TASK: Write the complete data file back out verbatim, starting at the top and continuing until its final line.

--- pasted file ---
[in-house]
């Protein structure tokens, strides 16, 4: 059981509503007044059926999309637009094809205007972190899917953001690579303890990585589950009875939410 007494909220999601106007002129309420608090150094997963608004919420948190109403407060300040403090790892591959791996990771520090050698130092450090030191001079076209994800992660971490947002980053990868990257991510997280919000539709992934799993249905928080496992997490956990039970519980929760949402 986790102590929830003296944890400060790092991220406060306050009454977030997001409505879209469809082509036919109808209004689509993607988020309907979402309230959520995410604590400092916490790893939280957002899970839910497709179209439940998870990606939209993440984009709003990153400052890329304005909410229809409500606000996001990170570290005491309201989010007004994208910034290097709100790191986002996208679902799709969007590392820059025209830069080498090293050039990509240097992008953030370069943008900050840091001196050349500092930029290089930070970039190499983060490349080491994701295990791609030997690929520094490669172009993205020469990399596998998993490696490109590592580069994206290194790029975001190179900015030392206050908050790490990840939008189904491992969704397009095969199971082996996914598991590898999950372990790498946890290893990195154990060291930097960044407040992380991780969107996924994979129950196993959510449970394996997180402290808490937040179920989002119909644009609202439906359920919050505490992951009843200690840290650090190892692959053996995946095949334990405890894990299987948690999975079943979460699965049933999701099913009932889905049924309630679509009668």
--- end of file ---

[in-house]
């Protein structure tokens, strides 16, 4: 059981509503007044059926999309637009094809205007972190899917953001690579303890990585589950009875939410 007494909220999601106007002129309420608090150094997963608004919420948190109403407060300040403090790892591959791996990771520090050698130092450090030191001079076209994800992660971490947002980053990868990257991510997280919000539709992934799993249905928080496992997490956990039970519980929760949402 986790102590929830003296944890400060790092991220406060306050009454977030997001409505879209469809082509036919109808209004689509993607988020309907979402309230959520995410604590400092916490790893939280957002899970839910497709179209439940998870990606939209993440984009709003990153400052890329304005909410229809409500606000996001990170570290005491309201989010007004994208910034290097709100790191986002996208679902799709969007590392820059025209830069080498090293050039990509240097992008953030370069943008900050840091001196050349500092930029290089930070970039190499983060490349080491994701295990791609030997690929520094490669172009993205020469990399596998998993490696490109590592580069994206290194790029975001190179900015030392206050908050790490990840939008189904491992969704397009095969199971082996996914598991590898999950372990790498946890290893990195154990060291930097960044407040992380991780969107996924994979129950196993959510449970394996997180402290808490937040179920989002119909644009609202439906359920919050505490992951009843200690840290650090190892692959053996995946095949334990405890894990299987948690999975079943979460699965049933999701099913009932889905049924309630679509009668």